Is there a benefit to getting rid of them? I mean they have to be the most biodegradable thing ever.

It seems to me there's no reason not to just let them blow around and let them dissolve on their own.
Yea, you are the guy who constantly has people sweeping out my garage and the front door area because he thinks leaves blowing around are ok.

Yes, leaves will biodegrade if you at least mulch them with a mower. Otherwise a thick mat of leaves can kill your sod over winter.

The better plan is to make your own compost pile then spread the compost over the lawn.
 
To answer the OP, city folk. But in their defense, you can end up with a foot or two of leaves on your lawn if you have many trees. That's what I have, they need to go or they wreck the lawn, fortunately we just get rid of them into the woods. If you have a small lot that's not an option. Most municipalities that collect leaves, compost them and generally residents can get free compost.

As far as moving them around or raking them, a back pack blower is the first line, don't skimp if you want use one of these for leaves. I bought the biggest Husqvarna backpack blower I could find. It makes quick work of leaves. I do have a lawn guy who does it sometimes, he had a 13 hp little wonder push blower that ate a valve. He gave it to me, fortunately it was "barely broken". I pulled it from together, put a new piston, rod and head in it. Good as new. That is even faster cleaning up the yard.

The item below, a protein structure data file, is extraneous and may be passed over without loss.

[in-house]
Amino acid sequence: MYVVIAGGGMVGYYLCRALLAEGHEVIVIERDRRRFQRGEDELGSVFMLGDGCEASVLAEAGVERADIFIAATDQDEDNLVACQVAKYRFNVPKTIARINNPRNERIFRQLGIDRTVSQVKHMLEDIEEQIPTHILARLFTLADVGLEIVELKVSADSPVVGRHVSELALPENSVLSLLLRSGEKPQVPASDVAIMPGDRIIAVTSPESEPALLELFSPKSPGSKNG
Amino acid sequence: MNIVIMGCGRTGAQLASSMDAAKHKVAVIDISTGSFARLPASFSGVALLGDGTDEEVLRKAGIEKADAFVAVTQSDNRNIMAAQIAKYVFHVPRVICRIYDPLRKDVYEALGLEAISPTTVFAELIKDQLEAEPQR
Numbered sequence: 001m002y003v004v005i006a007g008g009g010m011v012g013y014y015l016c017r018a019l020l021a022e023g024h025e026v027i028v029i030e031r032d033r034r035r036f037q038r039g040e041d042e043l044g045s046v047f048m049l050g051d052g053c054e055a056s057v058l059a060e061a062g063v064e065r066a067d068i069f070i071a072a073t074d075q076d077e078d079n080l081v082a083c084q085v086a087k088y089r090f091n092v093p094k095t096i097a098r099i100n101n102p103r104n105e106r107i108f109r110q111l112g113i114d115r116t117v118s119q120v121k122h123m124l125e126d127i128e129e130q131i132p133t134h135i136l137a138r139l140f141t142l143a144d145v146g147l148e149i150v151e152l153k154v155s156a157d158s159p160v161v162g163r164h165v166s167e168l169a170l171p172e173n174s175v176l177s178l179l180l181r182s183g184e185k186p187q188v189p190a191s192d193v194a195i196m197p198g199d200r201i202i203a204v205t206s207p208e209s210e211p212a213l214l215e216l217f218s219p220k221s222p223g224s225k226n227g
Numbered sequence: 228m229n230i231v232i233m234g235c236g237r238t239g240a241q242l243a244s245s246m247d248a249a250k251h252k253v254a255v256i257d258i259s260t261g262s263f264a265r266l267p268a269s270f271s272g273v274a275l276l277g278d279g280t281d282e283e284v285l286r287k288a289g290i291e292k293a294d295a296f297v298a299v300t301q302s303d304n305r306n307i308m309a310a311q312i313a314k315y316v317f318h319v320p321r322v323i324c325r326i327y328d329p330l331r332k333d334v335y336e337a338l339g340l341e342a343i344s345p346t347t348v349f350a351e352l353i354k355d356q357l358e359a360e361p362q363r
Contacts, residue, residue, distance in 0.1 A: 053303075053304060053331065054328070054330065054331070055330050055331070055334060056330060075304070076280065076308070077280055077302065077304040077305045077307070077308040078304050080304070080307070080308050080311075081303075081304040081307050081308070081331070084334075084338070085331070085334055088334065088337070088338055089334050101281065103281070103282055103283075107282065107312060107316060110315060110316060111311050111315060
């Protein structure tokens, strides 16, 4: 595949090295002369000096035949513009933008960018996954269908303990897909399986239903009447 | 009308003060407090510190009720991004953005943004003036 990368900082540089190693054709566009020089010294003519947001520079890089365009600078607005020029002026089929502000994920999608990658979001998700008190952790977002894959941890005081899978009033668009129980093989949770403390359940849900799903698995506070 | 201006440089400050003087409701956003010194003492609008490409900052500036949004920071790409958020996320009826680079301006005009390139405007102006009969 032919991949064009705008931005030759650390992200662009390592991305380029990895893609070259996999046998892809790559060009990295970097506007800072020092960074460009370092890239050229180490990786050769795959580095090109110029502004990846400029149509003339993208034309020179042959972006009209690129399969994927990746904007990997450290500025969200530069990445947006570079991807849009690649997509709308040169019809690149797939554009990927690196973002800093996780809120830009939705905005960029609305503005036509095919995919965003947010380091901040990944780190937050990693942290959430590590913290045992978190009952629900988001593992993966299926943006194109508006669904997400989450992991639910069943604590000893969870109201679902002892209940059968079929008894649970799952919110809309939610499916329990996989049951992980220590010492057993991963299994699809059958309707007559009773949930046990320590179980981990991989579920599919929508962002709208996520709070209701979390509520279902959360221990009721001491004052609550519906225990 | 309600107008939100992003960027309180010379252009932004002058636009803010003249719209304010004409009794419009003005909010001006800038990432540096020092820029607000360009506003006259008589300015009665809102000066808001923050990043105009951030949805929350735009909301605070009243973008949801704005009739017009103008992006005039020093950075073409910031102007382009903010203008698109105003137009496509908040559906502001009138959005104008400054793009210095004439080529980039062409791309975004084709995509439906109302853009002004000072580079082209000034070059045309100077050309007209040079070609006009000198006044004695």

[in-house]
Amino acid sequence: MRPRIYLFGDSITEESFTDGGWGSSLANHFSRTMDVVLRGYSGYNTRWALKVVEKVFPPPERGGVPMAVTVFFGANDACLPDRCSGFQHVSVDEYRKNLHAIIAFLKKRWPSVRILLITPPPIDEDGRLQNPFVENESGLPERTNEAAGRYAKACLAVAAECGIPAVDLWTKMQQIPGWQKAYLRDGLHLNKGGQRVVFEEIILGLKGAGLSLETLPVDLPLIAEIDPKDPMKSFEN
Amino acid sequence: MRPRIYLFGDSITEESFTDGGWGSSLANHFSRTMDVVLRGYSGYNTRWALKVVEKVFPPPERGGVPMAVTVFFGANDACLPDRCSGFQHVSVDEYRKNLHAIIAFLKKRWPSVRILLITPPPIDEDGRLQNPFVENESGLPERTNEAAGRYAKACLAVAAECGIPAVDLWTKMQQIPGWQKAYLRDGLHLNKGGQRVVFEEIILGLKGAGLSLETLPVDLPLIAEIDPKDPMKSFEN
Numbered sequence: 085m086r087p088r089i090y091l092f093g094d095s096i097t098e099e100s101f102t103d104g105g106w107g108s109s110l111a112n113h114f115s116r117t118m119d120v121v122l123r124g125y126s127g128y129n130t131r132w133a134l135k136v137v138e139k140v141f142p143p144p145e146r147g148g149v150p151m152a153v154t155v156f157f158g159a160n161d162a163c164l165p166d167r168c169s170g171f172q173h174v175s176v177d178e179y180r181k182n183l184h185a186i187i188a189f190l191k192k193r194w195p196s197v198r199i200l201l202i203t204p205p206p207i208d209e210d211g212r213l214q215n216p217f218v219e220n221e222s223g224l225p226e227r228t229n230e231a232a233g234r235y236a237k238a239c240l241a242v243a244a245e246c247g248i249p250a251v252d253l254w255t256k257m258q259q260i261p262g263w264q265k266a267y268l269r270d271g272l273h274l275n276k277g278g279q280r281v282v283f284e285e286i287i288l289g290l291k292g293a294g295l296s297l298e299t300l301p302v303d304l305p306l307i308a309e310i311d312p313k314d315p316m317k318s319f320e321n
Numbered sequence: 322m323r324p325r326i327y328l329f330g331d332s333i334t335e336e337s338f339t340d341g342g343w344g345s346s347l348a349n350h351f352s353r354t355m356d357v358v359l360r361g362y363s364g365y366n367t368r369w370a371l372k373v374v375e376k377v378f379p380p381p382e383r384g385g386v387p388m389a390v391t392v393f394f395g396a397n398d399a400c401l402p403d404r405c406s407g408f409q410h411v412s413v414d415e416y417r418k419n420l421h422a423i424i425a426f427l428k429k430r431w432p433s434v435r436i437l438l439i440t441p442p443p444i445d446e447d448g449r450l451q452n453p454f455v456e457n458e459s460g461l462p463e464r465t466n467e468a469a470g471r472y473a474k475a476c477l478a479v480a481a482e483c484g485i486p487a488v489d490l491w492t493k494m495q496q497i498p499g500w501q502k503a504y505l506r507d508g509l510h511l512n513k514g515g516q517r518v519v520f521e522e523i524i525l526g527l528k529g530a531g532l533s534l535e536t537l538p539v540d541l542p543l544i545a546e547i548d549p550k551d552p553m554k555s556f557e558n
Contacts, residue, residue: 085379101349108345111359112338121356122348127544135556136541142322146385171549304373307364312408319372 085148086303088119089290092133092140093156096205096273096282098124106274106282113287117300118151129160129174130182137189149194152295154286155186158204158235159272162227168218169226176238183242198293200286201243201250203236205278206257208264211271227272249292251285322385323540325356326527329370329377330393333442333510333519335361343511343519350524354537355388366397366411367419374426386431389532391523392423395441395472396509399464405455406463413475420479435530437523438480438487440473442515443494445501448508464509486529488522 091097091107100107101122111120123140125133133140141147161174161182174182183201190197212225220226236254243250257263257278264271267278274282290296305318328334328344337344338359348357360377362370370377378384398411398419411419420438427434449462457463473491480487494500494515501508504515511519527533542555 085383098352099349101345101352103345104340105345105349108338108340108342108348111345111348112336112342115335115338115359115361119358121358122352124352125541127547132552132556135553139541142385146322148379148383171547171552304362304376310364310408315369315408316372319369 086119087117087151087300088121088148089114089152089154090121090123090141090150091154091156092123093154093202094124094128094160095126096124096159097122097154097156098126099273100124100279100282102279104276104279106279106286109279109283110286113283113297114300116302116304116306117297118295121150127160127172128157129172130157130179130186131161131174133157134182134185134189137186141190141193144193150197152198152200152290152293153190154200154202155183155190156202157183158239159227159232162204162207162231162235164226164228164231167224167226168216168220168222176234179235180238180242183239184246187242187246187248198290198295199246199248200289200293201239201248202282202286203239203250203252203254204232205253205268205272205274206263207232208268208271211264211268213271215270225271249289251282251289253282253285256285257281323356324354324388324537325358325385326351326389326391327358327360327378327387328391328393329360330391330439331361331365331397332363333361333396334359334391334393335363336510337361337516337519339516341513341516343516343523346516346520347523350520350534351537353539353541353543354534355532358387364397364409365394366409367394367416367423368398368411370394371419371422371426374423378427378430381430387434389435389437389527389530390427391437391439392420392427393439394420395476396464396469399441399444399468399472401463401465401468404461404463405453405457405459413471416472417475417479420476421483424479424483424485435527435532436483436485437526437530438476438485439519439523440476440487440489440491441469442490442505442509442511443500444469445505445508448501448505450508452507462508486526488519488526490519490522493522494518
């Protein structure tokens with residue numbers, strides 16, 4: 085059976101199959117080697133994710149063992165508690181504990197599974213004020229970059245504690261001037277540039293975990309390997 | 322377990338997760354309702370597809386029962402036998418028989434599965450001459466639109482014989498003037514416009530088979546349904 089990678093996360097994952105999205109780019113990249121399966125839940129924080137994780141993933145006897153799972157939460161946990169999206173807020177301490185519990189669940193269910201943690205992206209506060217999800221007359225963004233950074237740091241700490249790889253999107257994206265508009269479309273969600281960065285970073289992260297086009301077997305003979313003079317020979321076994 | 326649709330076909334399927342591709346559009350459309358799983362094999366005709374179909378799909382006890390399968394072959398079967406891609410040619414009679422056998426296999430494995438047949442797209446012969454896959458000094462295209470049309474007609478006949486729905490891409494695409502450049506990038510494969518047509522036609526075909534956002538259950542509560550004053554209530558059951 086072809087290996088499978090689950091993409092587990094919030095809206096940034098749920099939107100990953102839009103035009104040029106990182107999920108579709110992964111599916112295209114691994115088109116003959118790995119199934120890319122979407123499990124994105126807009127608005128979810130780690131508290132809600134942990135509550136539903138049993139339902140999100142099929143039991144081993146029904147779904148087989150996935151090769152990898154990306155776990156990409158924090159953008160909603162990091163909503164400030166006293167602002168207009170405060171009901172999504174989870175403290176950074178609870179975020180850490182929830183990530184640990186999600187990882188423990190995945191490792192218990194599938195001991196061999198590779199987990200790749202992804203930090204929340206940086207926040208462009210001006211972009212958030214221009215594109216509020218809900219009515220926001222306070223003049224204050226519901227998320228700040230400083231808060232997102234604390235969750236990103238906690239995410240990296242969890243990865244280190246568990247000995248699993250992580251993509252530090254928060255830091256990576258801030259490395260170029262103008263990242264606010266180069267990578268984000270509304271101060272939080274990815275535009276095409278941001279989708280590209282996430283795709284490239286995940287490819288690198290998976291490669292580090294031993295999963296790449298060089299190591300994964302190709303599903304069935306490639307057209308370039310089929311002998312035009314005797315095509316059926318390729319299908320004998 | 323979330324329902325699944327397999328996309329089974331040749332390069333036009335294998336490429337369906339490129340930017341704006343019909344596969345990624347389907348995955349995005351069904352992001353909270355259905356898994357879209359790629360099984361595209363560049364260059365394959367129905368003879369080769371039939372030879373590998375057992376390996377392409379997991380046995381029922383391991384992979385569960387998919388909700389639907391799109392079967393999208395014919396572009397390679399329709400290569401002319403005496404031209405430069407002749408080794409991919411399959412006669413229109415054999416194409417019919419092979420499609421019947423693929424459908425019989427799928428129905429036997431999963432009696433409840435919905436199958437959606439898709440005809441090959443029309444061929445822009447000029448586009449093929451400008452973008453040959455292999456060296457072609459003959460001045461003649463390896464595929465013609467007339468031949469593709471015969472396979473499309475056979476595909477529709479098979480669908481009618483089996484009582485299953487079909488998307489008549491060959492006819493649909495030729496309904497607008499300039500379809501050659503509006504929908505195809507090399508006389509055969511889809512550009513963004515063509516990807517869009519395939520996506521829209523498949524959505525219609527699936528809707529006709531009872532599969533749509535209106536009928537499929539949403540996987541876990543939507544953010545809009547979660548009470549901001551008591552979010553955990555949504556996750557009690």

They plug up my gutters and there's a spot behind the house where they'll pile up and just decay if I don't get rid of them somehow. I just blow them out into the yard and let nature deal with it. Otherwise I don't care. That said, I don't get the bagging. If they're really bothering you run them over with the lawn mower a few times until they're broken up and they'll just break down into the soil.
 
Millions of years of forests would disagree with you, however the timeframe might not be to your liking.
Well, ya but us suburbanites need clean roads on which to travel to get our lattes.
 
Millions of years of forests would disagree with you, however the timeframe might not be to your liking.
Forests neither agree or disagree with anyone, their age doesn't change that.